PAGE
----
Thursday, March 27, 2008

Personal Quarter Inch

When I first began quilting, the one rule above all else was to keep your seam allowance at 1/4 inch. So for the next couple of years I struggled with this seam allowance, fudging and fuming in fitting my blocks together. Then one year I took a class with Nancy Johnson-Srebro. It was a miniature class and I was working with very small pieces on a clunker of a White machine - it was practically eating my pieces! (This project is STILL in a box.) I was so frustrated that Nancy suggested that when I got home I should try to work on my 1928 Singer sewing machine. In the meantime, I bought one of her books, and read it cover to cover. She had the most amazing miniature quilts with quarter-inch block pieces! How did she do that? So I pulled out my old singer and proceeded to follow her instructions in "Endless Possibilities" for setting a "scant" quarter inch seam allowance. I was determined to make something tiny figuring if Nancy could do it, so could I. And with my new seam allowance all set to go, I made a tiny simple Irish Chain, about 5"x 6" with each 9 patch block measuring just 3/4" finished! Here are pictures, from closest to farthest, for context.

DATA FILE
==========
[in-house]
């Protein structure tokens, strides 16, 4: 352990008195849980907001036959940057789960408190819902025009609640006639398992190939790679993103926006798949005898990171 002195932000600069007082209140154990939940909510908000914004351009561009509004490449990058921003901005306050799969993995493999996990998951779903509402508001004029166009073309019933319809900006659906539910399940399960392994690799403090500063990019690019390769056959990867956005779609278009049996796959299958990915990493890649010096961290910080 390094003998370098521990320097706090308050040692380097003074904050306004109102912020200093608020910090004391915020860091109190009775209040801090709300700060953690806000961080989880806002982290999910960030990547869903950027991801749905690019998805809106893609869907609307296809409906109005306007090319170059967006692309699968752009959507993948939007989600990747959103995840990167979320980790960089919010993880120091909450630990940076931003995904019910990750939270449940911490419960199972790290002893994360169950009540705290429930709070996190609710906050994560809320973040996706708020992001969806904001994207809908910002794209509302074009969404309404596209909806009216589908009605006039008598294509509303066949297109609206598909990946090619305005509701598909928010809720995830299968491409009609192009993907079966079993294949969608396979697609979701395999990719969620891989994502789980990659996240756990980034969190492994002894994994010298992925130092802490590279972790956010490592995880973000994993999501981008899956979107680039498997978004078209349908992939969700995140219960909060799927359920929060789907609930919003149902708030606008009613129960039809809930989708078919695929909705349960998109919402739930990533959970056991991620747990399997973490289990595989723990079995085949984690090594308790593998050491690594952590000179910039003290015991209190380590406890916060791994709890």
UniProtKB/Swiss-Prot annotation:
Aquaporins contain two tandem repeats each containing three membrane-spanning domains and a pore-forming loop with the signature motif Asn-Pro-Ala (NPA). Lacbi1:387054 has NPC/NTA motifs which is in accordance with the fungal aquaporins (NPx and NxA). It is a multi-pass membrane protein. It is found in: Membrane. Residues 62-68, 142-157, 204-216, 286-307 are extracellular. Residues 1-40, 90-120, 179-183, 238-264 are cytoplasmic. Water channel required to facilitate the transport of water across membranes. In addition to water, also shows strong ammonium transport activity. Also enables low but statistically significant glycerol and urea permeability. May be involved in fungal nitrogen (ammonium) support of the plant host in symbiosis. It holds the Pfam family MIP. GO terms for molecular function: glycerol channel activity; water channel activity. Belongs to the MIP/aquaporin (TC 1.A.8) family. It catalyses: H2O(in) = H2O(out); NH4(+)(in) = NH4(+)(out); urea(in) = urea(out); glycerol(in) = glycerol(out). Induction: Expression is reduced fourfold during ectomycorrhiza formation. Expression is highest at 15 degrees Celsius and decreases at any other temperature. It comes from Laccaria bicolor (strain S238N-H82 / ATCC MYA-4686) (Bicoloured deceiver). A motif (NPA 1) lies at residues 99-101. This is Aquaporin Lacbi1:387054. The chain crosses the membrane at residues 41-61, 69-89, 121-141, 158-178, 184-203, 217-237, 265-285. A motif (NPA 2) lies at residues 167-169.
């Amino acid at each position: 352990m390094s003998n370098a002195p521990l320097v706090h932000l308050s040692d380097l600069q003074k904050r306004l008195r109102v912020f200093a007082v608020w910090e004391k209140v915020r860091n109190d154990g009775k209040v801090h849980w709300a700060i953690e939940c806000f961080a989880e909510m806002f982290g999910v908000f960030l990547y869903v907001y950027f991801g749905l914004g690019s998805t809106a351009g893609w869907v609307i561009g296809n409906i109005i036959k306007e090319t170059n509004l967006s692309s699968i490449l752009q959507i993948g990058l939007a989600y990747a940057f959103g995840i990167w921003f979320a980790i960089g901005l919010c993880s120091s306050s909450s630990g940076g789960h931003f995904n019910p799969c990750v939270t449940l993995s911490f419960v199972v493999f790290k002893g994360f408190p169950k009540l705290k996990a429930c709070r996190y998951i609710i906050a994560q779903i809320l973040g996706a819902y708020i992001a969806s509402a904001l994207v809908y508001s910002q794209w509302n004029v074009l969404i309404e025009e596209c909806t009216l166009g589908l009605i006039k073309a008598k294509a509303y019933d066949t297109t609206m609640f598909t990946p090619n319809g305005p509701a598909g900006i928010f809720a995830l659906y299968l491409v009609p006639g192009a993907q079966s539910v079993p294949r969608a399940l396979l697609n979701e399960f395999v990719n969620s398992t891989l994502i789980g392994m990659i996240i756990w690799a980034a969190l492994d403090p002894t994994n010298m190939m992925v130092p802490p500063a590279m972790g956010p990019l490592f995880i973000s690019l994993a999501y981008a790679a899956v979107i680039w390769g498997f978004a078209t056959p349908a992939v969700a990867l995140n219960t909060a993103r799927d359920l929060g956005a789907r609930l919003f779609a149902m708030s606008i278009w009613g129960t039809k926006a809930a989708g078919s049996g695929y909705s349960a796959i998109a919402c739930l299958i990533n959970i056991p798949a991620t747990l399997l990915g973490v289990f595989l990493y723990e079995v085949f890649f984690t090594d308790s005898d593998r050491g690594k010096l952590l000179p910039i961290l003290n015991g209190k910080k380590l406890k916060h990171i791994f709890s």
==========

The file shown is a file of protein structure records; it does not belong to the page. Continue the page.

"Because I Could!"

Once I found my own personal quarter-inch, my blocks fit together just like puzzle pieces and I can construct a quilt knowing it will come out just fine. I even find myself not worried about points matching or seams meeting, because they just do!

So now, for each of my machines, the first thing I do is find that quarter inch. On my Featherweight I use a piece of magnetic tape. It provides a sort of ledge that the fabric butts up to. On my Bernina I move the needle position to 4. And on my California Brother, it has it's own quarter inch needle position - do you believe it? I went crazy trying to find out how to move the needle, until I read the manual. For those of you in the know, the motto is always RTFM!

So now I'm busy putting together Laura and Jeff's wedding quilt. But I am still visiting the quilts I've given away so I can photograph and document here.

Warm quilts and Red Sox Nation